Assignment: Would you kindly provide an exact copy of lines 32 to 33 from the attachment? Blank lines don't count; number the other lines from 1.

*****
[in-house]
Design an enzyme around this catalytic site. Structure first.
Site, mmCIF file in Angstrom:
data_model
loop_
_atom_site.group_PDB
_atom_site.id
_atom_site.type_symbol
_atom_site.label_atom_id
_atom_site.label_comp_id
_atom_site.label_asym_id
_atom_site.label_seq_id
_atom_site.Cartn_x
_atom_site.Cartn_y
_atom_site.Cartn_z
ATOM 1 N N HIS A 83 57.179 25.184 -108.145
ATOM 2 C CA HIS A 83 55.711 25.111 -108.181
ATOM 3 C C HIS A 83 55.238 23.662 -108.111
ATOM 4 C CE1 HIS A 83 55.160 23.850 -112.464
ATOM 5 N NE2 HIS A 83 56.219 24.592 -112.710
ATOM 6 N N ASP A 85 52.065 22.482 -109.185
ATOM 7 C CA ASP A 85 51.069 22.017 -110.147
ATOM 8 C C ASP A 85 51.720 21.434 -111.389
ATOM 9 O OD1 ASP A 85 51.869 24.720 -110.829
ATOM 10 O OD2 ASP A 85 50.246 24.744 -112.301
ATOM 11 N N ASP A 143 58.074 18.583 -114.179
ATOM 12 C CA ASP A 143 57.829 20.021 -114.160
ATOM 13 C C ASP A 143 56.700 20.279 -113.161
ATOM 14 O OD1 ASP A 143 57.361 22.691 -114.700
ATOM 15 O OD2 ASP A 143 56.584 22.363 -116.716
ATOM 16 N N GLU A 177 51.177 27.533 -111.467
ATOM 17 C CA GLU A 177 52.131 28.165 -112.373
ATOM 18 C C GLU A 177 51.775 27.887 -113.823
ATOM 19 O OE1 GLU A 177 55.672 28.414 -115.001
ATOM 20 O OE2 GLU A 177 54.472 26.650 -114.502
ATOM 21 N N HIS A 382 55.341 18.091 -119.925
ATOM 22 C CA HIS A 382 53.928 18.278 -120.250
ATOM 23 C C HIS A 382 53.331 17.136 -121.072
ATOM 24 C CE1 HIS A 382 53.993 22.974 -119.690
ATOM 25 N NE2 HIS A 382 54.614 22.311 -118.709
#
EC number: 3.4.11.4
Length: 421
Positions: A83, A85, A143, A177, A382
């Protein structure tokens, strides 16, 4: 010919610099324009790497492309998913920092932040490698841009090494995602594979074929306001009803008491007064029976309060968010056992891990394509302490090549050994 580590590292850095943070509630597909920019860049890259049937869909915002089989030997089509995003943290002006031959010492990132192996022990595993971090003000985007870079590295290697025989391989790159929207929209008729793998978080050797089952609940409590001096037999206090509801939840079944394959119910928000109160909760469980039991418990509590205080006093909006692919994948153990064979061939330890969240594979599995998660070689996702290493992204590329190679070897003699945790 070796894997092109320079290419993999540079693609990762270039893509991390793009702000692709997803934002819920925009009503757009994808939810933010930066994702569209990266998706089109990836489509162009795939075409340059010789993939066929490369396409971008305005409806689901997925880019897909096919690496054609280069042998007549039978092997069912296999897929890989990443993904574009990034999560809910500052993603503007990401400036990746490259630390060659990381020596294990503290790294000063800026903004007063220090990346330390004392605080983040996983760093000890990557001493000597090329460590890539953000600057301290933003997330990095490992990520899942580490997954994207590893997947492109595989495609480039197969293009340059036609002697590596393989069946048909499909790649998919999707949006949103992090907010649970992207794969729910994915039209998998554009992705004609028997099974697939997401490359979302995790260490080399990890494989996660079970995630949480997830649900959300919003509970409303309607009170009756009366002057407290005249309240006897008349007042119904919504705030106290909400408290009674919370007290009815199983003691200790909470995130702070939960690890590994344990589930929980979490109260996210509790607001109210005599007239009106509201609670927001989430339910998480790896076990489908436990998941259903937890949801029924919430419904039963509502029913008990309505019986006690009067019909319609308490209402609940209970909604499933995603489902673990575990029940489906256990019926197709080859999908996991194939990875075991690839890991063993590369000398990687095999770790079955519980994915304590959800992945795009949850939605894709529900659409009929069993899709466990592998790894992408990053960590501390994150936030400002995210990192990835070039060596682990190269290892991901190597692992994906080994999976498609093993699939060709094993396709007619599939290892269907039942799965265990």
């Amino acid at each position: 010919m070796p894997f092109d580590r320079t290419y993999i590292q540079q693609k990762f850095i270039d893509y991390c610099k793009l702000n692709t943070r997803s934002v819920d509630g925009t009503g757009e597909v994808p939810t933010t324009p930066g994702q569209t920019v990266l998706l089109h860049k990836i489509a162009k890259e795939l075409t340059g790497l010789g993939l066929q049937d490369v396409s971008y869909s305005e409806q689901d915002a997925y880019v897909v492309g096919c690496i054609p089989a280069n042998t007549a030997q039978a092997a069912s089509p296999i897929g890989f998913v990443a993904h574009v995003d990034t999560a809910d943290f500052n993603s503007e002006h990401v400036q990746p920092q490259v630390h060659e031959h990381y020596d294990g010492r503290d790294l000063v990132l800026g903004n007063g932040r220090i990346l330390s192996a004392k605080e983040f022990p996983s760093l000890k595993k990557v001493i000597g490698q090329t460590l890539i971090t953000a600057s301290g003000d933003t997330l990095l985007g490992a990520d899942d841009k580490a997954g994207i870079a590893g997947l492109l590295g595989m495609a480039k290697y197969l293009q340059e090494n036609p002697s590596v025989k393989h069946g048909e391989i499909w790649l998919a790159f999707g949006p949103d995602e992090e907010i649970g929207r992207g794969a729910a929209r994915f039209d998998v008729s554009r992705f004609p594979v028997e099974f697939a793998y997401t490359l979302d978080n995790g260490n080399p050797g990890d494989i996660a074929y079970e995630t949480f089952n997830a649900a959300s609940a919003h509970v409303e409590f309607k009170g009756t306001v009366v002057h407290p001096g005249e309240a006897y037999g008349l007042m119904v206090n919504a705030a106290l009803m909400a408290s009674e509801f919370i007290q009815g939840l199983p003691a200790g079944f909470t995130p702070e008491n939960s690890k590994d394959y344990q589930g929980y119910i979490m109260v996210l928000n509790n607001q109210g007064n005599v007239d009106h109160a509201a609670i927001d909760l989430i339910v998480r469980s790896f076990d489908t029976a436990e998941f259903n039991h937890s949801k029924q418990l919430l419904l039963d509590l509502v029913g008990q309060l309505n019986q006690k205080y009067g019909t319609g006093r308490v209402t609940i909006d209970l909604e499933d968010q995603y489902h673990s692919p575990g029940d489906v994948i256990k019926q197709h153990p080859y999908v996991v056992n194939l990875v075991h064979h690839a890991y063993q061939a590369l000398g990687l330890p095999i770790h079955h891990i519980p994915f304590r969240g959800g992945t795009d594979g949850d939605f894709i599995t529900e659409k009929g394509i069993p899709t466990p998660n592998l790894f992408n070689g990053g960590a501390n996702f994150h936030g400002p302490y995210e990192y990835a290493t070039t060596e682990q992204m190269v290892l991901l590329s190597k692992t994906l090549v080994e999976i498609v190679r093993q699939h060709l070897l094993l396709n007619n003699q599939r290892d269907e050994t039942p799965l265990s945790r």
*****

ATOM 17 C CA GLU A 177 52.131 28.165 -112.373
ATOM 18 C C GLU A 177 51.775 27.887 -113.823